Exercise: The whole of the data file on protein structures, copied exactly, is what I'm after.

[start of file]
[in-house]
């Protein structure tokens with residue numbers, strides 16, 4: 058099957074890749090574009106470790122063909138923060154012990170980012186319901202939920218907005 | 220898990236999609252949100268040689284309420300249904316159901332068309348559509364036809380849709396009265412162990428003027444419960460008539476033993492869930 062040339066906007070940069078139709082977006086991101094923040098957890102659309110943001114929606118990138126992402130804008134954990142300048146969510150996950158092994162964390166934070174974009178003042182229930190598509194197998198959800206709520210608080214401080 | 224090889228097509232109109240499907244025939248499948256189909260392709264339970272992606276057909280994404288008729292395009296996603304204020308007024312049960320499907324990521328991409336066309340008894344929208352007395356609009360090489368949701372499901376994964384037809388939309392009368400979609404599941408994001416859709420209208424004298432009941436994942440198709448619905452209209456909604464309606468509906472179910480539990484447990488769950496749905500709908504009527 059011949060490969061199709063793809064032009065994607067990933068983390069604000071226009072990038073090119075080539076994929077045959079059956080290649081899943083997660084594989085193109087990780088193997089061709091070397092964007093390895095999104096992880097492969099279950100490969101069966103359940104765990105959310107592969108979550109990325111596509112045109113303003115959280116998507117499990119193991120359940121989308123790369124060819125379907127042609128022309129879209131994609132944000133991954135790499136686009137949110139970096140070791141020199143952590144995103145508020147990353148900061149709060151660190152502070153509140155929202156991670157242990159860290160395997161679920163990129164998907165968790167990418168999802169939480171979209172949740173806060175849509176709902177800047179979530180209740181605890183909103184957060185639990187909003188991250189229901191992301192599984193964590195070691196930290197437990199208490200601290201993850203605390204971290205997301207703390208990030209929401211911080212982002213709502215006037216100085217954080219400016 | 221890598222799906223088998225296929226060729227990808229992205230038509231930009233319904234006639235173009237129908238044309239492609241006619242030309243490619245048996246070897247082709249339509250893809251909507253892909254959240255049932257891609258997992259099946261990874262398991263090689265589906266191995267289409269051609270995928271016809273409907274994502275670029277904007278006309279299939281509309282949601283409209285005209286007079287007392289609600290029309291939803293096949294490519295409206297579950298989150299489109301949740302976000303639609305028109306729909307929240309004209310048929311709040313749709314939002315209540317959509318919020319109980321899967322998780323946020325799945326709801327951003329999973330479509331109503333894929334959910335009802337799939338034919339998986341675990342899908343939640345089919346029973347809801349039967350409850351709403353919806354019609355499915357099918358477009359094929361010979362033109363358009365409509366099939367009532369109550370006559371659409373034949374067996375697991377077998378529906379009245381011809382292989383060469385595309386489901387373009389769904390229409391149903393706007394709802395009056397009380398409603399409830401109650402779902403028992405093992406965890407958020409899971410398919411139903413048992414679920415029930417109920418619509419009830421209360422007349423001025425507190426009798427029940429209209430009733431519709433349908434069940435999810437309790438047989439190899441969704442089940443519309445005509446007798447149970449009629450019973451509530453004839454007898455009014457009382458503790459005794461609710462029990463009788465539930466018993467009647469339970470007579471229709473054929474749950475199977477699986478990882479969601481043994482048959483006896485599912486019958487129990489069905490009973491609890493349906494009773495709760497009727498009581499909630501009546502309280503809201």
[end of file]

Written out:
[in-house]
């Protein structure tokens with residue numbers, strides 16, 4: 058099957074890749090574009106470790122063909138923060154012990170980012186319901202939920218907005 | 220898990236999609252949100268040689284309420300249904316159901332068309348559509364036809380849709396009265412162990428003027444419960460008539476033993492869930 062040339066906007070940069078139709082977006086991101094923040098957890102659309110943001114929606118990138126992402130804008134954990142300048146969510150996950158092994162964390166934070174974009178003042182229930190598509194197998198959800206709520210608080214401080 | 224090889228097509232109109240499907244025939248499948256189909260392709264339970272992606276057909280994404288008729292395009296996603304204020308007024312049960320499907324990521328991409336066309340008894344929208352007395356609009360090489368949701372499901376994964384037809388939309392009368400979609404599941408994001416859709420209208424004298432009941436994942440198709448619905452209209456909604464309606468509906472179910480539990484447990488769950496749905500709908504009527 059011949060490969061199709063793809064032009065994607067990933068983390069604000071226009072990038073090119075080539076994929077045959079059956080290649081899943083997660084594989085193109087990780088193997089061709091070397092964007093390895095999104096992880097492969099279950100490969101069966103359940104765990105959310107592969108979550109990325111596509112045109113303003115959280116998507117499990119193991120359940121989308123790369124060819125379907127042609128022309129879209131994609132944000133991954135790499136686009137949110139970096140070791141020199143952590144995103145508020147990353148900061149709060151660190152502070153509140155929202156991670157242990159860290160395997161679920163990129164998907165968790167990418168999802169939480171979209172949740173806060175849509176709902177800047179979530180209740181605890183909103184957060185639990187909003188991250189229901191992301192599984193964590195070691196930290197437990199208490200601290201993850203605390204971290205997301207703390208990030209929401211911080212982002213709502215006037216100085217954080219400016 | 221890598222799906223088998225296929226060729227990808229992205230038509231930009233319904234006639235173009237129908238044309239492609241006619242030309243490619245048996246070897247082709249339509250893809251909507253892909254959240255049932257891609258997992259099946261990874262398991263090689265589906266191995267289409269051609270995928271016809273409907274994502275670029277904007278006309279299939281509309282949601283409209285005209286007079287007392289609600290029309291939803293096949294490519295409206297579950298989150299489109301949740302976000303639609305028109306729909307929240309004209310048929311709040313749709314939002315209540317959509318919020319109980321899967322998780323946020325799945326709801327951003329999973330479509331109503333894929334959910335009802337799939338034919339998986341675990342899908343939640345089919346029973347809801349039967350409850351709403353919806354019609355499915357099918358477009359094929361010979362033109363358009365409509366099939367009532369109550370006559371659409373034949374067996375697991377077998378529906379009245381011809382292989383060469385595309386489901387373009389769904390229409391149903393706007394709802395009056397009380398409603399409830401109650402779902403028992405093992406965890407958020409899971410398919411139903413048992414679920415029930417109920418619509419009830421209360422007349423001025425507190426009798427029940429209209430009733431519709433349908434069940435999810437309790438047989439190899441969704442089940443519309445005509446007798447149970449009629450019973451509530453004839454007898455009014457009382458503790459005794461609710462029990463009788465539930466018993467009647469339970470007579471229709473054929474749950475199977477699986478990882479969601481043994482048959483006896485599912486019958487129990489069905490009973491609890493349906494009773495709760497009727498009581499909630501009546502309280503809201």